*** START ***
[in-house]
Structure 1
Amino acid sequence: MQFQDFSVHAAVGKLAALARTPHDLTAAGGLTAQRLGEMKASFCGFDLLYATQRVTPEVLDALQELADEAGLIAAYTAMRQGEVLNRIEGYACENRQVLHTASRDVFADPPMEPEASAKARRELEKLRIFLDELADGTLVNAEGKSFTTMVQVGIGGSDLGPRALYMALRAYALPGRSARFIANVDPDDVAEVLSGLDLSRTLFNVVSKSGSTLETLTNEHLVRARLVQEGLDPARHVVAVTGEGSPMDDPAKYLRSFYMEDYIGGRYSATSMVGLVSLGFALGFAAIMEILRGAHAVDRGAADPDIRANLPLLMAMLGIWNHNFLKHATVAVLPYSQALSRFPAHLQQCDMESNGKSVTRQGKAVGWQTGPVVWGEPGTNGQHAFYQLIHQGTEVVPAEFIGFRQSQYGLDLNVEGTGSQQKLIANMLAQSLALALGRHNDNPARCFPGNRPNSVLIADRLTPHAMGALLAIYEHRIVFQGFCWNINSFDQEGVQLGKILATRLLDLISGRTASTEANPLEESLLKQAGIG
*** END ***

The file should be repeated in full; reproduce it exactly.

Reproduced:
[in-house]
Structure 1
Amino acid sequence: MQFQDFSVHAAVGKLAALARTPHDLTAAGGLTAQRLGEMKASFCGFDLLYATQRVTPEVLDALQELADEAGLIAAYTAMRQGEVLNRIEGYACENRQVLHTASRDVFADPPMEPEASAKARRELEKLRIFLDELADGTLVNAEGKSFTTMVQVGIGGSDLGPRALYMALRAYALPGRSARFIANVDPDDVAEVLSGLDLSRTLFNVVSKSGSTLETLTNEHLVRARLVQEGLDPARHVVAVTGEGSPMDDPAKYLRSFYMEDYIGGRYSATSMVGLVSLGFALGFAAIMEILRGAHAVDRGAADPDIRANLPLLMAMLGIWNHNFLKHATVAVLPYSQALSRFPAHLQQCDMESNGKSVTRQGKAVGWQTGPVVWGEPGTNGQHAFYQLIHQGTEVVPAEFIGFRQSQYGLDLNVEGTGSQQKLIANMLAQSLALALGRHNDNPARCFPGNRPNSVLIADRLTPHAMGALLAIYEHRIVFQGFCWNINSFDQEGVQLGKILATRLLDLISGRTASTEANPLEESLLKQAGIG